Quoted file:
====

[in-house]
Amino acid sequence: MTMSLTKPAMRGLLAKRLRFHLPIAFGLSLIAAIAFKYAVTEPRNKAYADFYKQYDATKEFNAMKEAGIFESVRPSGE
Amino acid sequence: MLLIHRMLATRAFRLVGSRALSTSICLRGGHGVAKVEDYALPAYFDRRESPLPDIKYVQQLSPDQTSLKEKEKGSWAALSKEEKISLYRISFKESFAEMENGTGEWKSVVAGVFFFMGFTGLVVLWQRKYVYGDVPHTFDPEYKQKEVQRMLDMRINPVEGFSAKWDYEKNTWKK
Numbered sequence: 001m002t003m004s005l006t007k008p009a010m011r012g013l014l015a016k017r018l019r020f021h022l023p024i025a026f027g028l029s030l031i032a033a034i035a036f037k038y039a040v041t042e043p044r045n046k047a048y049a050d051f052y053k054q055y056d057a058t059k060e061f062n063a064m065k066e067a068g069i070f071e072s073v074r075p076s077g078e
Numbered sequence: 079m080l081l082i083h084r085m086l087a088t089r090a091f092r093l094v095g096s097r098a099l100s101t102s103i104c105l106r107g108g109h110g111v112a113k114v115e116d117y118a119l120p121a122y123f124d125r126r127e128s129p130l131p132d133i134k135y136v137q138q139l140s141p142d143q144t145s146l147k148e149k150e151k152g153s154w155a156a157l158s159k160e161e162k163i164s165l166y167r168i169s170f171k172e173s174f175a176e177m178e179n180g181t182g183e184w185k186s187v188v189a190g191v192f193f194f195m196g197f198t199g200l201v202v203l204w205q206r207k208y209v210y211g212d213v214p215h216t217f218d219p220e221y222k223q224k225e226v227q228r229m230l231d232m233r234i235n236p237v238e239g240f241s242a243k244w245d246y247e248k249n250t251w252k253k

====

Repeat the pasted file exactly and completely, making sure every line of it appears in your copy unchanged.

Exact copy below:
[in-house]
Amino acid sequence: MTMSLTKPAMRGLLAKRLRFHLPIAFGLSLIAAIAFKYAVTEPRNKAYADFYKQYDATKEFNAMKEAGIFESVRPSGE
Amino acid sequence: MLLIHRMLATRAFRLVGSRALSTSICLRGGHGVAKVEDYALPAYFDRRESPLPDIKYVQQLSPDQTSLKEKEKGSWAALSKEEKISLYRISFKESFAEMENGTGEWKSVVAGVFFFMGFTGLVVLWQRKYVYGDVPHTFDPEYKQKEVQRMLDMRINPVEGFSAKWDYEKNTWKK
Numbered sequence: 001m002t003m004s005l006t007k008p009a010m011r012g013l014l015a016k017r018l019r020f021h022l023p024i025a026f027g028l029s030l031i032a033a034i035a036f037k038y039a040v041t042e043p044r045n046k047a048y049a050d051f052y053k054q055y056d057a058t059k060e061f062n063a064m065k066e067a068g069i070f071e072s073v074r075p076s077g078e
Numbered sequence: 079m080l081l082i083h084r085m086l087a088t089r090a091f092r093l094v095g096s097r098a099l100s101t102s103i104c105l106r107g108g109h110g111v112a113k114v115e116d117y118a119l120p121a122y123f124d125r126r127e128s129p130l131p132d133i134k135y136v137q138q139l140s141p142d143q144t145s146l147k148e149k150e151k152g153s154w155a156a157l158s159k160e161e162k163i164s165l166y167r168i169s170f171k172e173s174f175a176e177m178e179n180g181t182g183e184w185k186s187v188v189a190g191v192f193f194f195m196g197f198t199g200l201v202v203l204w205q206r207k208y209v210y211g212d213v214p215h216t217f218d219p220e221y222k223q224k225e226v227q228r229m230l231d232m233r234i235n236p237v238e239g240f241s242a243k244w245d246y247e248k249n250t251w252k253k